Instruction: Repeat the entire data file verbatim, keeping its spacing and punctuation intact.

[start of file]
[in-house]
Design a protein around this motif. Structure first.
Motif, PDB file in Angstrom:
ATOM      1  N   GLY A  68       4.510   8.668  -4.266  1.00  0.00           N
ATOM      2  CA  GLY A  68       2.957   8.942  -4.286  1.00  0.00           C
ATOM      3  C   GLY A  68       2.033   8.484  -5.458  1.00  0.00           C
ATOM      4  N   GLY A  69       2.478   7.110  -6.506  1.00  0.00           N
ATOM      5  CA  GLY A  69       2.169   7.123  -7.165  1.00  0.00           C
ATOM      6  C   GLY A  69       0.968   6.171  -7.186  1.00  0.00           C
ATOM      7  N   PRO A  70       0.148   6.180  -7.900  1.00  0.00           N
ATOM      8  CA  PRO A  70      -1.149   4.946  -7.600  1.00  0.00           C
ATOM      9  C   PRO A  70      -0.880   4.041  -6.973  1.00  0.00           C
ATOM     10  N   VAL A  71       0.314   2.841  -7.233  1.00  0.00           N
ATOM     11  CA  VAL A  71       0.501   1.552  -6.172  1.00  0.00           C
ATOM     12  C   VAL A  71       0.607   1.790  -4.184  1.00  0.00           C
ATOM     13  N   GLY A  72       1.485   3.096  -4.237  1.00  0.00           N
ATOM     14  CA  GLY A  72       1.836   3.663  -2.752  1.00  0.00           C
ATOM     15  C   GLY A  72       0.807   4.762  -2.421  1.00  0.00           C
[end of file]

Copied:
[in-house]
Design a protein around this motif. Structure first.
Motif, PDB file in Angstrom:
ATOM      1  N   GLY A  68       4.510   8.668  -4.266  1.00  0.00           N
ATOM      2  CA  GLY A  68       2.957   8.942  -4.286  1.00  0.00           C
ATOM      3  C   GLY A  68       2.033   8.484  -5.458  1.00  0.00           C
ATOM      4  N   GLY A  69       2.478   7.110  -6.506  1.00  0.00           N
ATOM      5  CA  GLY A  69       2.169   7.123  -7.165  1.00  0.00           C
ATOM      6  C   GLY A  69       0.968   6.171  -7.186  1.00  0.00           C
ATOM      7  N   PRO A  70       0.148   6.180  -7.900  1.00  0.00           N
ATOM      8  CA  PRO A  70      -1.149   4.946  -7.600  1.00  0.00           C
ATOM      9  C   PRO A  70      -0.880   4.041  -6.973  1.00  0.00           C
ATOM     10  N   VAL A  71       0.314   2.841  -7.233  1.00  0.00           N
ATOM     11  CA  VAL A  71       0.501   1.552  -6.172  1.00  0.00           C
ATOM     12  C   VAL A  71       0.607   1.790  -4.184  1.00  0.00           C
ATOM     13  N   GLY A  72       1.485   3.096  -4.237  1.00  0.00           N
ATOM     14  CA  GLY A  72       1.836   3.663  -2.752  1.00  0.00           C
ATOM     15  C   GLY A  72       0.807   4.762  -2.421  1.00  0.00           C